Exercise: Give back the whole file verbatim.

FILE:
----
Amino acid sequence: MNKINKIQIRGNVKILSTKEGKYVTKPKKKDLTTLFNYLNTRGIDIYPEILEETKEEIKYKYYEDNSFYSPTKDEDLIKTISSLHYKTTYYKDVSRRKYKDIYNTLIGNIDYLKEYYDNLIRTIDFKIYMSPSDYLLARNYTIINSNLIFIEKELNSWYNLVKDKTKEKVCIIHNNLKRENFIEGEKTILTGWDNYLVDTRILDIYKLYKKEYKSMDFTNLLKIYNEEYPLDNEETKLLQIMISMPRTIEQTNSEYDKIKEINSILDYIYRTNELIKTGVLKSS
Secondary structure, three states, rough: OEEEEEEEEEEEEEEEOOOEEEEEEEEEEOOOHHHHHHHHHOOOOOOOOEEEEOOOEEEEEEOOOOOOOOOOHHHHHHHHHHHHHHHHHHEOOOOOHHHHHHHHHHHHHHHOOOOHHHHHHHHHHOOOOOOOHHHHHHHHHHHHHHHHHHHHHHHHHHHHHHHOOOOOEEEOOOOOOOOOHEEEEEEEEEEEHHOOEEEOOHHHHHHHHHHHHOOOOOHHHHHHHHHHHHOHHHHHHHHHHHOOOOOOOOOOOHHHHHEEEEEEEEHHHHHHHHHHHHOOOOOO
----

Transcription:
Amino acid sequence: MNKINKIQIRGNVKILSTKEGKYVTKPKKKDLTTLFNYLNTRGIDIYPEILEETKEEIKYKYYEDNSFYSPTKDEDLIKTISSLHYKTTYYKDVSRRKYKDIYNTLIGNIDYLKEYYDNLIRTIDFKIYMSPSDYLLARNYTIINSNLIFIEKELNSWYNLVKDKTKEKVCIIHNNLKRENFIEGEKTILTGWDNYLVDTRILDIYKLYKKEYKSMDFTNLLKIYNEEYPLDNEETKLLQIMISMPRTIEQTNSEYDKIKEINSILDYIYRTNELIKTGVLKSS
Secondary structure, three states, rough: OEEEEEEEEEEEEEEEOOOEEEEEEEEEEOOOHHHHHHHHHOOOOOOOOEEEEOOOEEEEEEOOOOOOOOOOHHHHHHHHHHHHHHHHHHEOOOOOHHHHHHHHHHHHHHHOOOOHHHHHHHHHHOOOOOOOHHHHHHHHHHHHHHHHHHHHHHHHHHHHHHHOOOOOEEEOOOOOOOOOHEEEEEEEEEEEHHOOEEEOOHHHHHHHHHHHHOOOOOHHHHHHHHHHHHOHHHHHHHHHHHOOOOOOOOOOOHHHHHEEEEEEEEHHHHHHHHHHHHOOOOOO